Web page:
Edmond Sumner

Edmond Sumner went airborne for a big dunk in the Pacers’ 119-110 season opening loss to the Detroit Pistons on Oct. 23. (Photo/David Dixon)

A new NBA season is upon us, and naturally the diehard Pacers fans are ready for what they feel should be a better year than the previous one. After all, when you plunk down your hard-earned cash for a ticket, you want the best possible product in return, right?

But with a number of new faces on the roster, what is actually realistic for this group, as opposed to the almighty NBA-Finals-or-bust mantra that many of you out there have?

Last year’s squad mustered up 48 wins and took it on the chin in the first round of the playoffs, but again, with a new campaign comes optimism. And while the team comprised in the off season has a ton of question marks and has struggled mightily out of the gate, what should your expectations be? Can you live with those, Pacers fans?

The biggest question mark for this team is clearly the health of their best all-around player, Victor Oladipo, who is still recovering from a ruptured quadriceps tendon in his right knee. General manager Kevin Pritchard is on the record saying he does not expect Oladipo back before December or January. While the rehab aspect of his recovery is reportedly progressing nicely, it truly is a guess as to when Oladipo can return to the lineup without restrictions. The All Star beak is what I personally feel is a safe prediction, and even then his minutes would be micro-managed for some time.

When he does return, he’ll have a few new teammates to get used to as the Pacers hit the free agent market and acquired Malcolm Brogdon, signing him to a four-year, $85 million deal. Additional new faces include T.J. Warren and Jeremy Lamb to go along with Myles Turner and Domantas Sabonis, who the Pacers signed to a healthy extension just before the start of the season. While it’s anyone’s guess as to what the club can expect from guards Aaron Holiday and Edmond Sumner, it’s clear that this mixture of youth and new faces will present a challenge to head coach Nate McMillian and his staff, who did what I felt was a very respectable job overall last season.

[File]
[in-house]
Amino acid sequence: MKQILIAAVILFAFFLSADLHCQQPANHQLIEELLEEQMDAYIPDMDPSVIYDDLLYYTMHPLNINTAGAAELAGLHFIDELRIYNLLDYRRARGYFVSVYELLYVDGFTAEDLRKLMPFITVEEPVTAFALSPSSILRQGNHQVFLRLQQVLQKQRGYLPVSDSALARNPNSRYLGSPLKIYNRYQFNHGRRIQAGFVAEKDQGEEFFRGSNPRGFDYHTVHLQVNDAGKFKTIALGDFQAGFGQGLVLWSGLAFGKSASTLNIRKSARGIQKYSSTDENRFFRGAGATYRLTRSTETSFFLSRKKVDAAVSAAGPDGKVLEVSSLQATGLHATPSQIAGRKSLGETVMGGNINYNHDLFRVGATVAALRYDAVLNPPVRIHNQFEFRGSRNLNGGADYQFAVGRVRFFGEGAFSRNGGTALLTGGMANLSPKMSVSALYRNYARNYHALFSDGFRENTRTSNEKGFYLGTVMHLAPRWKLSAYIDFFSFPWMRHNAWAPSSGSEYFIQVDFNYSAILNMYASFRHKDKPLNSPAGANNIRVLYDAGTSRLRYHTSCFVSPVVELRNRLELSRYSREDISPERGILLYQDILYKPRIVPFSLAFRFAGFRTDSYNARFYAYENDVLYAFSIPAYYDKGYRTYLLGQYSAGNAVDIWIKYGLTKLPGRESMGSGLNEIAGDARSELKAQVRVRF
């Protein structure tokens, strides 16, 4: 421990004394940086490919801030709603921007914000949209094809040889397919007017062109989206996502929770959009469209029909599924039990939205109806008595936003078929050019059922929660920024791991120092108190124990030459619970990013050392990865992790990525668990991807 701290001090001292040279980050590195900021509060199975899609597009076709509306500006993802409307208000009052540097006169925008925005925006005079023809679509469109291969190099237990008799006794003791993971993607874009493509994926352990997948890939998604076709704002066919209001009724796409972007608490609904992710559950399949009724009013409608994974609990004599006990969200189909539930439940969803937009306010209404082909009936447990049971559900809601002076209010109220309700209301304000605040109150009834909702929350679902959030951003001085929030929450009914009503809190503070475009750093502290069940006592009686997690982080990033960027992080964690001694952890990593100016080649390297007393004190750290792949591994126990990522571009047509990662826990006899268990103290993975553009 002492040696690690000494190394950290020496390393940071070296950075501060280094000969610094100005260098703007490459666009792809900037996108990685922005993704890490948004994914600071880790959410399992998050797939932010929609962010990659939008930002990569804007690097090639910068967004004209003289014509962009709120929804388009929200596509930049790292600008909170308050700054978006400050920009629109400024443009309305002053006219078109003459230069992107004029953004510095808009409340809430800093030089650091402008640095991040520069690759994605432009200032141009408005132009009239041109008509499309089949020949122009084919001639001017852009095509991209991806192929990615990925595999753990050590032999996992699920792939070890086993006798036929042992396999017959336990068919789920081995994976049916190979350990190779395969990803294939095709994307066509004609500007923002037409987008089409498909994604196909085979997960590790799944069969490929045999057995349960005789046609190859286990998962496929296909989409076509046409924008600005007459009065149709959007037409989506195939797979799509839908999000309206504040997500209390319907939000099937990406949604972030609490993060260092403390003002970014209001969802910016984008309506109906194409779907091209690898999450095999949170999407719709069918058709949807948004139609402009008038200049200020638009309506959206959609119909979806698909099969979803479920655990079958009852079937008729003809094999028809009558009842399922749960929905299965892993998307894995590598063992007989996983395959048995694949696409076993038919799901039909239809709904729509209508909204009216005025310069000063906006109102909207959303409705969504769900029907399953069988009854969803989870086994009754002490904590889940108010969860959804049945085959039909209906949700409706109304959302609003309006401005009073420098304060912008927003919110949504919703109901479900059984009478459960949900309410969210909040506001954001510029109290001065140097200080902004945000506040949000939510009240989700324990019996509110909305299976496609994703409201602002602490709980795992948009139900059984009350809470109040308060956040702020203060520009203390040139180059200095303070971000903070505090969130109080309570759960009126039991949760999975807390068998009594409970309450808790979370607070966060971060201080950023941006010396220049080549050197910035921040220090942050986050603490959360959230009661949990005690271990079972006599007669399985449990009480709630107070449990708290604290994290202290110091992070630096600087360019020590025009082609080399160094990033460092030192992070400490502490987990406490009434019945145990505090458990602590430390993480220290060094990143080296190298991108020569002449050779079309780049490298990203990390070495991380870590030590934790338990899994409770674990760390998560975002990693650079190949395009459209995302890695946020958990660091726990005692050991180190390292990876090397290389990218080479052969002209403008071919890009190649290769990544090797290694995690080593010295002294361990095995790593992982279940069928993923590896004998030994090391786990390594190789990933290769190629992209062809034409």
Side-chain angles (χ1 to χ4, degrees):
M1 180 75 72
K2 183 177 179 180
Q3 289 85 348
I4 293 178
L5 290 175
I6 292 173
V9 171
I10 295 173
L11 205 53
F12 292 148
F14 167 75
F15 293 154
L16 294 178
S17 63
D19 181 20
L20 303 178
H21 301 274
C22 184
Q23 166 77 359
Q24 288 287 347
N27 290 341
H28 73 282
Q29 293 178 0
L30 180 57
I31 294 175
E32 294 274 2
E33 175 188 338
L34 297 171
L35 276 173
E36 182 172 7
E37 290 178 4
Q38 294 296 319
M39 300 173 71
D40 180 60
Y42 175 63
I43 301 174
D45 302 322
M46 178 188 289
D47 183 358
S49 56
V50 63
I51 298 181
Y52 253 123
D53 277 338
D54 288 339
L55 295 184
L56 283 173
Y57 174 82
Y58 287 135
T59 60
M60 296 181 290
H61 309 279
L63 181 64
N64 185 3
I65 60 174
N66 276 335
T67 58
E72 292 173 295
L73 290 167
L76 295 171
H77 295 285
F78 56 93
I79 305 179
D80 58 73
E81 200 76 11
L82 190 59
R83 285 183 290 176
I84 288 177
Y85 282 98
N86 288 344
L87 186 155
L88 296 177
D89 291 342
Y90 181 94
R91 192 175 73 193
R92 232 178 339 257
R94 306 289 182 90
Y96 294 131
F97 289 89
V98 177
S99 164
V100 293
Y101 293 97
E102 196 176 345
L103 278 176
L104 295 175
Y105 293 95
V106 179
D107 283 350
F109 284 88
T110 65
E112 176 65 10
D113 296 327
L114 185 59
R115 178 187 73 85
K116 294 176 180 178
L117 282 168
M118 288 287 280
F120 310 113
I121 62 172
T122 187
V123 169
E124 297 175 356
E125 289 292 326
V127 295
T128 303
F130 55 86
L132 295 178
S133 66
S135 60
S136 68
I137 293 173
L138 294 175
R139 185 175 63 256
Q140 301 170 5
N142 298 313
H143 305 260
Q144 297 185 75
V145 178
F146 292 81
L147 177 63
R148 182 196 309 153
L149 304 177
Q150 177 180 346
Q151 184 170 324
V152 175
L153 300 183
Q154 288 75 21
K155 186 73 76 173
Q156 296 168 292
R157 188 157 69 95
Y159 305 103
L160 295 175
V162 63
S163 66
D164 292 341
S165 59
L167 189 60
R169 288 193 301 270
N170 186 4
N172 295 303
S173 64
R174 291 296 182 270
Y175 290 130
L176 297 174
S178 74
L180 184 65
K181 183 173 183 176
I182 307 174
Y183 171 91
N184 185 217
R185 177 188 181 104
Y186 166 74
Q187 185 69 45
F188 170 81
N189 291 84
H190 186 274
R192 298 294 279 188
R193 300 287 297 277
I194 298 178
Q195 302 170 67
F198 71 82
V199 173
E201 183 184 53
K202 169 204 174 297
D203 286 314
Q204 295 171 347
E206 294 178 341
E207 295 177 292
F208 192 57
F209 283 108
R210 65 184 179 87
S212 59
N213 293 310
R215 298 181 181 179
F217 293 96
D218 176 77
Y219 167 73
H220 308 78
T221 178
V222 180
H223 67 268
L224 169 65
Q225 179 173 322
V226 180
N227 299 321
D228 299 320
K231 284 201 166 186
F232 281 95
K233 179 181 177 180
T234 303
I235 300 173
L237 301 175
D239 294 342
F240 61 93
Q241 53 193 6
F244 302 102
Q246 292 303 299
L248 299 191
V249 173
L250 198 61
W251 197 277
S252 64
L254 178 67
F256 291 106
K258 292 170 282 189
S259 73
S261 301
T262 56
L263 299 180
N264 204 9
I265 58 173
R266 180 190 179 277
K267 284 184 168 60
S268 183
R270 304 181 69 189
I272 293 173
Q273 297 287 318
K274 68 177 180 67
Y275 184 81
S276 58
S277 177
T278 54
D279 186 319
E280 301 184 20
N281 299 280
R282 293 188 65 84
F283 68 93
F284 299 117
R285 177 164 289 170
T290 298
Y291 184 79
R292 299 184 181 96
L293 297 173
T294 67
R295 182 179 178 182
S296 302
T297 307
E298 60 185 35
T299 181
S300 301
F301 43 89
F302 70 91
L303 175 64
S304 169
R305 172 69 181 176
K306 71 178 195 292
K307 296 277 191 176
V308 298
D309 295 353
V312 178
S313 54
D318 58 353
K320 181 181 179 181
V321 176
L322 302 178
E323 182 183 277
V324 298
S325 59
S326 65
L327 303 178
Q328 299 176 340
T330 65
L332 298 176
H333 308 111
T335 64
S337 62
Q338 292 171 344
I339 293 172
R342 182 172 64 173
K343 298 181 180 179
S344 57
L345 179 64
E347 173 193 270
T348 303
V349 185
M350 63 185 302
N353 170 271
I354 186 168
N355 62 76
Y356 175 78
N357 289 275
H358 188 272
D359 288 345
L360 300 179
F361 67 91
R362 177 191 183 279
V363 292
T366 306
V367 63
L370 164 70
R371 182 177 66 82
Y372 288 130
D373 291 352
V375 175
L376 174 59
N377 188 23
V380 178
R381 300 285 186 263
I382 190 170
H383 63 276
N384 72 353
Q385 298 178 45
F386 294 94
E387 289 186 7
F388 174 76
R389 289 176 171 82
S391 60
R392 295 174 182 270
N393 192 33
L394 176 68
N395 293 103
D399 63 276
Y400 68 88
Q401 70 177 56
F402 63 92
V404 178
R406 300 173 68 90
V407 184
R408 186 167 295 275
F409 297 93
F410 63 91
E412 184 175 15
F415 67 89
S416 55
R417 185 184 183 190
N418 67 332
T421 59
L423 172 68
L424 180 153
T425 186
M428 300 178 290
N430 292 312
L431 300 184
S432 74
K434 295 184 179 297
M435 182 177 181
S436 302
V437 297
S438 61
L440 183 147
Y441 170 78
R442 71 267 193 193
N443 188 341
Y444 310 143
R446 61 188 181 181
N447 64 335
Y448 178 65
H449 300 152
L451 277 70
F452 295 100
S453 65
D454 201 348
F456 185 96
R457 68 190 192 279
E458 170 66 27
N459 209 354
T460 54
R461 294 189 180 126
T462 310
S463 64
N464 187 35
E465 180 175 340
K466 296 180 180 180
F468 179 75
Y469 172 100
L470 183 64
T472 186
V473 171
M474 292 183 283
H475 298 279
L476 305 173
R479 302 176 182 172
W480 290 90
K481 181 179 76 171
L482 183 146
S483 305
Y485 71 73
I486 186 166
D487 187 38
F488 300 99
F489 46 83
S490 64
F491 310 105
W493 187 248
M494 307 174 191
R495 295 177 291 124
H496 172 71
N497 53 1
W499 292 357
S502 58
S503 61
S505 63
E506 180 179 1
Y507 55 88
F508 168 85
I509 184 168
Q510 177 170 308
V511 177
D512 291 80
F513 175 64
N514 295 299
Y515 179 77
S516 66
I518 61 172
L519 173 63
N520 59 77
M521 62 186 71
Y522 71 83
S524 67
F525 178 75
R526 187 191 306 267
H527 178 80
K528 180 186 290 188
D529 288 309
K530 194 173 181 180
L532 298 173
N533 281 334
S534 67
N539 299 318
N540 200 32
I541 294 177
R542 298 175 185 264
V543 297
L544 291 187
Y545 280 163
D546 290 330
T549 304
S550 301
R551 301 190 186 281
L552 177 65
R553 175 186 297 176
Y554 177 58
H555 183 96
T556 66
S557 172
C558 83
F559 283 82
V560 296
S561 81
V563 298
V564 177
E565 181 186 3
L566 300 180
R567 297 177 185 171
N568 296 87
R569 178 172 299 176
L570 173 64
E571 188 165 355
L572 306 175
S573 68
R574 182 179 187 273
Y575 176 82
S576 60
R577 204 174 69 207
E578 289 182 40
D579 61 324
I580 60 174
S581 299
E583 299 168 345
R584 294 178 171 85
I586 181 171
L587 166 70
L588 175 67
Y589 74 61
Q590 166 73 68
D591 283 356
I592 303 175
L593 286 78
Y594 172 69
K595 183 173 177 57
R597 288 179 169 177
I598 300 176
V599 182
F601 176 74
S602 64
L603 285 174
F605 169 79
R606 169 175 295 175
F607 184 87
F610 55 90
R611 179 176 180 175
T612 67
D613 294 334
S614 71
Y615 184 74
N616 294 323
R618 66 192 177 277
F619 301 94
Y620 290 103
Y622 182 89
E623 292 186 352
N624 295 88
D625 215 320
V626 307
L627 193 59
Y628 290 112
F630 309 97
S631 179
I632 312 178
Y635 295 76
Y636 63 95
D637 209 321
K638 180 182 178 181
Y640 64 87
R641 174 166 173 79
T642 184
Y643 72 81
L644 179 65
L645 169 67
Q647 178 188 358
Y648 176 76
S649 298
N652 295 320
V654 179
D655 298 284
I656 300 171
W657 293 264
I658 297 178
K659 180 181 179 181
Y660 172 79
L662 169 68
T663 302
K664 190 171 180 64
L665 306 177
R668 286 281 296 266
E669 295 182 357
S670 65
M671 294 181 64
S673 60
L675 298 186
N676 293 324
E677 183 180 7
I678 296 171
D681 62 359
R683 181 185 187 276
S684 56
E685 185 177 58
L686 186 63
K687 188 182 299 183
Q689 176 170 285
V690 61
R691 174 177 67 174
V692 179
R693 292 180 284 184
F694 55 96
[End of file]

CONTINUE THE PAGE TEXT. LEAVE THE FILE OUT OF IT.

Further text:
Predictions? Well, I’m going to remain positive here, and despite the fact that many feel this number is low, I’ll go with a .500 record, which is 41 wins and a low seed in the Eastern Conference. With Milwaukee, Philadelphia, Toronto and maybe even Boston being better teams top to bottom, it’s just not reasonable to expect more from the blue and gold this year. Could they surprise me and do better than break even? Sure, but it’s not likely, and my prediction could even be a bit on the high side, too.

Rather than speculate, go out and cheer your team on. As long as they play hard and work to increase their defensive prowess, rebounding and turnovers, it just might be a team that’s enjoyable to watch. While you’re doing that, be patient and above all realistic. Time will tell if I’m correct (I am) but there will be plenty of time for me to eat crow later. In the interim, if you can’t make it down to the games, tune in on television and radio and follow along. Buckle down as the ride will probably get rough, but at least there is reason for optimism. The question is: Will that keep you happy? I didn’t think so.

Danny Bridges, who thinks Nate McMillian should get Coach of the Year consideration if this group wins 41 games, can be reached at 317-370-8447 or at bridgeshd@aol.com.

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